Marijuana, cannabis, or hemp: Why Minnesota is choosing its words carefully

Published 6:04 pm Tuesday, March 19, 2024

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By Estelle Timar-Wilcox

When the state of Minnesota legalized adult-use cannabis last year, legislators made a subtle change to the books: they struck most mentions of “marijuana” and swapped it out for “cannabis.”

Amid the slew of changes coming with legalization — expunging criminal records, setting up a licensing, staffing up the Office of Cannabis Management after a botched appointment — the language change is small. But it’s become common practice across the country as more states legalize it.

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Leili Fatehi is a founder of Blunt Strategies, a consulting agency that helps cannabis businesses get going. Before starting her business, she campaigned for legalization for several years.

Blunt Strategies’ website sticks to the word cannabis. That’s partly because of a thorny history behind the term “marijuana.”

Before 1900 or so, most medical reports and studies in the U.S called it cannabis, the scientific name. But, around the turn of the century, many newspapers and politicians started calling it “marijuana,” the Spanish word for the plant.

A lot of headlines warned of people driven to madness by “marijuana” — particularly Mexican immigrants.

“The term ‘marijuana’ was used with all those pejorative connotations attached to it, racist connotations attached to it,” Fatehi said. “As folks began to do advocacy towards setting up legal regulated industry, they wanted to move away from that term.”

People of color have been disproportionately policed for cannabis use ever since. The ACLU reported in 2020 that Black people were more than five times more likely to be arrested for marijuana charges in Minnesota than white people, despite similar usage rates.

That’s the reason that equity has been at the center of some lawmakers’ efforts for legalization. The state will automatically expunge marijuana-related misdemeanors from peoples’ records; it’s also committed to distribute at least 51 percent of dispensary licenses to people disproportionately impacted by previous laws.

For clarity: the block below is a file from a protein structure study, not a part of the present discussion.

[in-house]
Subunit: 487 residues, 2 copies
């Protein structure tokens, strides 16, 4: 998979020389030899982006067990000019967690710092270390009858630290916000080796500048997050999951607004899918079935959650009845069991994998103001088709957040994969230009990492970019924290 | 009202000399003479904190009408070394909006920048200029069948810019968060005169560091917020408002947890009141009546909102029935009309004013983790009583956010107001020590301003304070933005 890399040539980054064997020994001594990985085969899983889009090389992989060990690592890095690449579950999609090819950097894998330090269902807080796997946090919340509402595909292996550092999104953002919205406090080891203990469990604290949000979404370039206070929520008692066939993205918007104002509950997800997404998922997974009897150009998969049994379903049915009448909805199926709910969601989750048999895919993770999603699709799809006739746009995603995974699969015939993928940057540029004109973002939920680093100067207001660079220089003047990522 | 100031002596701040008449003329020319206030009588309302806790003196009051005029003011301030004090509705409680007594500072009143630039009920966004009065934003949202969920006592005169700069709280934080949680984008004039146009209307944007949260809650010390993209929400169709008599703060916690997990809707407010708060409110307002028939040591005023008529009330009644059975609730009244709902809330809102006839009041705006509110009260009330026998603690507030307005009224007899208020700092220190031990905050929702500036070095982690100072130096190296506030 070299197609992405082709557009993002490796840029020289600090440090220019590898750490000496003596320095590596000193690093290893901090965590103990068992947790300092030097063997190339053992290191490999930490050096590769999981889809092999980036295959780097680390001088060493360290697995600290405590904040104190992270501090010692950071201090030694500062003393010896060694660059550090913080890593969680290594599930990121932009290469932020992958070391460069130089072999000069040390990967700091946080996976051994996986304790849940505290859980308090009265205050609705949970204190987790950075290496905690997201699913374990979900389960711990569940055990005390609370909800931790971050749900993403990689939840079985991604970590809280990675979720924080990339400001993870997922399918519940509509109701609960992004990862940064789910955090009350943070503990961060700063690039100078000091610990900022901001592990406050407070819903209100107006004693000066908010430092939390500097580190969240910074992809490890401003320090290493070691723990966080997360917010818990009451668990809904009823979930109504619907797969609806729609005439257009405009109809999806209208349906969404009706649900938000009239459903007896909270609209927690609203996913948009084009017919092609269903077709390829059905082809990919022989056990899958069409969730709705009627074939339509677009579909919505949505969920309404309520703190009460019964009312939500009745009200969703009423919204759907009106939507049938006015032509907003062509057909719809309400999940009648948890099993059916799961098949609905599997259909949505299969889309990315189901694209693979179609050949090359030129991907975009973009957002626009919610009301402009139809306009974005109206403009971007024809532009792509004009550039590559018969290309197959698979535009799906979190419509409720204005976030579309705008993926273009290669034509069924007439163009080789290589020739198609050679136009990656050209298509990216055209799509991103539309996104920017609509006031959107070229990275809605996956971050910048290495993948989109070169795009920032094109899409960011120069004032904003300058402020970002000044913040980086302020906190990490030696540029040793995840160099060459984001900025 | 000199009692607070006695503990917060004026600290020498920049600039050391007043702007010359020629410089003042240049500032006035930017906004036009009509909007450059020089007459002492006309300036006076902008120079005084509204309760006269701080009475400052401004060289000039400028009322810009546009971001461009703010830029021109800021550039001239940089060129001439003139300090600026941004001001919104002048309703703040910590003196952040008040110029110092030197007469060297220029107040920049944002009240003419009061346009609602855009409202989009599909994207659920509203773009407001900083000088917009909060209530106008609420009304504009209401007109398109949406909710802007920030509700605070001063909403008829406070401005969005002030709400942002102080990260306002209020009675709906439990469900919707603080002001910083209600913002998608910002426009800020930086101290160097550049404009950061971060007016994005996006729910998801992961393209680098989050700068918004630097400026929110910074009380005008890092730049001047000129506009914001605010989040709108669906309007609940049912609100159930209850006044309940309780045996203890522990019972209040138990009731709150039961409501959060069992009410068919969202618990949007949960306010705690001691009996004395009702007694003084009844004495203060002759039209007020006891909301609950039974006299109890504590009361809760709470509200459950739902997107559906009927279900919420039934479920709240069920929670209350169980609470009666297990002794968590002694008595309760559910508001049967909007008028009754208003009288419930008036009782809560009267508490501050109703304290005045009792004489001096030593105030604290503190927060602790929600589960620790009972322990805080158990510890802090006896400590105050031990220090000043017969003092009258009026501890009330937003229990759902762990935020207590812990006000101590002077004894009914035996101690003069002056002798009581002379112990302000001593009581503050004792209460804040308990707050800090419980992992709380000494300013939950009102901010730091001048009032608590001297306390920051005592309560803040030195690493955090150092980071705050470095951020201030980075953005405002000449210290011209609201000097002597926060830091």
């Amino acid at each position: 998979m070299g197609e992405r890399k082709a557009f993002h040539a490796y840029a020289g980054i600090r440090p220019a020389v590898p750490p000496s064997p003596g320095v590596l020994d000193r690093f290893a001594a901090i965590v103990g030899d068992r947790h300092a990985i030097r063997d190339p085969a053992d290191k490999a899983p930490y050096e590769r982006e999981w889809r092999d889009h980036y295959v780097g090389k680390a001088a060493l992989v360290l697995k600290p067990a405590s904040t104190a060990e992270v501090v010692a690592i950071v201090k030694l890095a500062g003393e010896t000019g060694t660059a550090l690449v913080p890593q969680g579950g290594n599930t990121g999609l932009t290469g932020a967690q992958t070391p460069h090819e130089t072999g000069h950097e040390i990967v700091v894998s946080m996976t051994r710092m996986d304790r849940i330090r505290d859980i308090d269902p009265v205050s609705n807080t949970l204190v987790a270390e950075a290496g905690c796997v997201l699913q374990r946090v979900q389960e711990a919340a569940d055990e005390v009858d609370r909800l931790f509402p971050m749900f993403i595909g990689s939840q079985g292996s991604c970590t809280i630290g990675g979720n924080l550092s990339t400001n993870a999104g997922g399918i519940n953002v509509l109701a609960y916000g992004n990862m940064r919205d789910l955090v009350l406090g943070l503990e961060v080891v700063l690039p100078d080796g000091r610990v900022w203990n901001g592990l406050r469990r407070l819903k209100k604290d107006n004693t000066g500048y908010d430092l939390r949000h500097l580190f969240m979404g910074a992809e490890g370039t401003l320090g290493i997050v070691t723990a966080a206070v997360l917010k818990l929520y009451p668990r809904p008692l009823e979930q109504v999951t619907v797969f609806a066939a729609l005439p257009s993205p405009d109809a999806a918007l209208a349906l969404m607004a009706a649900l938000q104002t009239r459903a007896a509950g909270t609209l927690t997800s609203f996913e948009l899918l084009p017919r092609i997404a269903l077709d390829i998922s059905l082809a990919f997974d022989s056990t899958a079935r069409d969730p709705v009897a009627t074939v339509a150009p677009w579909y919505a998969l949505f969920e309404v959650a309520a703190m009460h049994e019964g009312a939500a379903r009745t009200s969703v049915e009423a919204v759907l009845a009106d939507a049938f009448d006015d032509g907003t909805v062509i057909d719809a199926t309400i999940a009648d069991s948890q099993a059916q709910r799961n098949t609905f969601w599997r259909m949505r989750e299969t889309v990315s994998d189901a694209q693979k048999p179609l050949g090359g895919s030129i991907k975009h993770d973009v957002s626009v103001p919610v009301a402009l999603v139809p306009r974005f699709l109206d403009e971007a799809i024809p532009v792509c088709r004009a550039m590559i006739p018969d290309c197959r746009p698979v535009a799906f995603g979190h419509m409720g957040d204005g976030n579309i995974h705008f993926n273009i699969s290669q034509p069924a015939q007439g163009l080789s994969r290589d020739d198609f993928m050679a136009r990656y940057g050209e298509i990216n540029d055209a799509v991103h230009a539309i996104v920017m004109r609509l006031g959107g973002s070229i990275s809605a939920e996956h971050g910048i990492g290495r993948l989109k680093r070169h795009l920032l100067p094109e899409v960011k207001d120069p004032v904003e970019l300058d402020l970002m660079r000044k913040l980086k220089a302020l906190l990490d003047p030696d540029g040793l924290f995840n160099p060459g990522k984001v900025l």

The language shift goes along with that.  Rep. Jess Hanson, DFL-Burnsville, co-authored the legalization bill.

“We want to make sure that not just are we allowing people to consume this healing plant, but also we’re addressing the harms of the past too,” Hanson said. “One of the ways is to use the right word, and not the racially loaded word.”

That doesn’t mean you’ll never see the word anymore. “Marijuana” still shows up in several places relating to past convictions. Hanson said they left it in to keep the language for marijuana-related crimes consistent, in the hopes of facilitating the process of expungement.

Veronika Alfaro still uses the term sometimes, too. Her business, called Mi Sota Essence, sells THC-infused bath oils and salves, and also some culturally specific edibles: Mexican cookies called polvorones, and agua fresca that comes with a sprinkle of chamoy and Tajin.    

When she started up her business, she found that “cannabis” had a better connotation with some people. Growing up, the drug was frowned upon; people who used it were seen as lazy.

“When I would talk to my parents at first, I would tell them ‘cannabis,’ or ‘THC,’ just to kind of make it a little more palatable for them to digest,” Alfaro said.

But when Alfaro calls it cannabis in conversation, people sometimes don’t get it.

“In the Latino community, when I’m talking to them, or even when I’m out at markets, when I say that, they’re like, ‘what is that?’” Alfaro said. “I go back to the word — it’s marijuana.”

Todd Harris is the founder of Plift, a THC-infused beverage company based in St. Paul. He calls it marijuana in conversation, and Plift’s marketing calls it THC or hemp.

“Marijuana is what the Black community refers to it as,” Harris said.

Harris, who is Black, avoids the word cannabis. He says it usually refers to a different industry than the hemp industry — the business of higher-potency cannabis plants, which is now legal in Minnesota.

In other states that have legalized the drug, Harris notes that the industry tends to be dominated by mostly big, white-owned businesses. The hemp industry is more diverse, and, Harris said, more accessible than the limited-license non-hemp cannabis industry.

And, even though hemp and cannabis are technically the same drug — hemp just has a lower potency — he said that’s not how the federal government sees it. Federal law allows hemp production; higher-potency non-hemp cannabis is a schedule 1 drug.

“At the very most basic, they’re both cannabis,” Harris said. “But anyone who wants to say the same thing is denying the fact that the federal government has clearly stated that they’re not. Looking to pull all cannabis plants, hemp and marijuana, under one umbrella, doesn’t work for us.”

Fatehi, too, doesn’t want to just stop saying “marijuana” altogether. While shifting language is part of shifting understandings, she says it doesn’t serve anyone to draw a hard line between “cannabis” and “marijuana.”

“There was really a need to make sure that Minnesotans understood that when we’re talking about cannabis, it’s the same as marijuana,” Fatehi said. “We’re talking about the same thing being sold, it just becomes a different set of context.”